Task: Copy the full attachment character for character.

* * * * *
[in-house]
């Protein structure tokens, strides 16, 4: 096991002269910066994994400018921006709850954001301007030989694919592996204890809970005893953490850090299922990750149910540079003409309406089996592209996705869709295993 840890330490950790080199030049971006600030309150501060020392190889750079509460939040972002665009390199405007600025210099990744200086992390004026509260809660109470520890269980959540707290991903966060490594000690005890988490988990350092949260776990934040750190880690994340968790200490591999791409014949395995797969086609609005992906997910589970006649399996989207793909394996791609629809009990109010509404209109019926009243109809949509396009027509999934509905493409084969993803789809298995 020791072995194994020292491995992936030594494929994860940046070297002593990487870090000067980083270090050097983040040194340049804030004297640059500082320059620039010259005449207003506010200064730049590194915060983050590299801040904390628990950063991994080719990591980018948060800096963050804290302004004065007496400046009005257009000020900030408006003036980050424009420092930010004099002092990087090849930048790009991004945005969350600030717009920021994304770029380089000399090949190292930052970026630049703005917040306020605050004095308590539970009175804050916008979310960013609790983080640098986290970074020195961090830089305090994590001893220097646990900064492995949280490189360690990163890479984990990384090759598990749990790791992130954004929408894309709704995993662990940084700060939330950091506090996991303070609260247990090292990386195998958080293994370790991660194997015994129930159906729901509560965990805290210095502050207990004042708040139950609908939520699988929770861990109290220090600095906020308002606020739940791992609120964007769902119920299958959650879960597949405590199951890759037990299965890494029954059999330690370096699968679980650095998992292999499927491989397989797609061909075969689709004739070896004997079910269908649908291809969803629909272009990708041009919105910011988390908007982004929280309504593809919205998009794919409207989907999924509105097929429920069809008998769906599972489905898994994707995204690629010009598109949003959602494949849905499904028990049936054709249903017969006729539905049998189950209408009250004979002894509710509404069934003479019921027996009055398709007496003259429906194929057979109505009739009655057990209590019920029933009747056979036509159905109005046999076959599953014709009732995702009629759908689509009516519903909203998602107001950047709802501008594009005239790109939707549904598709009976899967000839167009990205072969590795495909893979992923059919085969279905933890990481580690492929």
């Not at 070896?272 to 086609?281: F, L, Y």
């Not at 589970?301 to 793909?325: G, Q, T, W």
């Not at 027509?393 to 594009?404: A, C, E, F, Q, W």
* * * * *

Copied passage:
[in-house]
């Protein structure tokens, strides 16, 4: 096991002269910066994994400018921006709850954001301007030989694919592996204890809970005893953490850090299922990750149910540079003409309406089996592209996705869709295993 840890330490950790080199030049971006600030309150501060020392190889750079509460939040972002665009390199405007600025210099990744200086992390004026509260809660109470520890269980959540707290991903966060490594000690005890988490988990350092949260776990934040750190880690994340968790200490591999791409014949395995797969086609609005992906997910589970006649399996989207793909394996791609629809009990109010509404209109019926009243109809949509396009027509999934509905493409084969993803789809298995 020791072995194994020292491995992936030594494929994860940046070297002593990487870090000067980083270090050097983040040194340049804030004297640059500082320059620039010259005449207003506010200064730049590194915060983050590299801040904390628990950063991994080719990591980018948060800096963050804290302004004065007496400046009005257009000020900030408006003036980050424009420092930010004099002092990087090849930048790009991004945005969350600030717009920021994304770029380089000399090949190292930052970026630049703005917040306020605050004095308590539970009175804050916008979310960013609790983080640098986290970074020195961090830089305090994590001893220097646990900064492995949280490189360690990163890479984990990384090759598990749990790791992130954004929408894309709704995993662990940084700060939330950091506090996991303070609260247990090292990386195998958080293994370790991660194997015994129930159906729901509560965990805290210095502050207990004042708040139950609908939520699988929770861990109290220090600095906020308002606020739940791992609120964007769902119920299958959650879960597949405590199951890759037990299965890494029954059999330690370096699968679980650095998992292999499927491989397989797609061909075969689709004739070896004997079910269908649908291809969803629909272009990708041009919105910011988390908007982004929280309504593809919205998009794919409207989907999924509105097929429920069809008998769906599972489905898994994707995204690629010009598109949003959602494949849905499904028990049936054709249903017969006729539905049998189950209408009250004979002894509710509404069934003479019921027996009055398709007496003259429906194929057979109505009739009655057990209590019920029933009747056979036509159905109005046999076959599953014709009732995702009629759908689509009516519903909203998602107001950047709802501008594009005239790109939707549904598709009976899967000839167009990205072969590795495909893979992923059919085969279905933890990481580690492929």
């Not at 070896?272 to 086609?281: F, L, Y």
């Not at 589970?301 to 793909?325: G, Q, T, W």
């Not at 027509?393 to 594009?404: A, C, E, F, Q, W």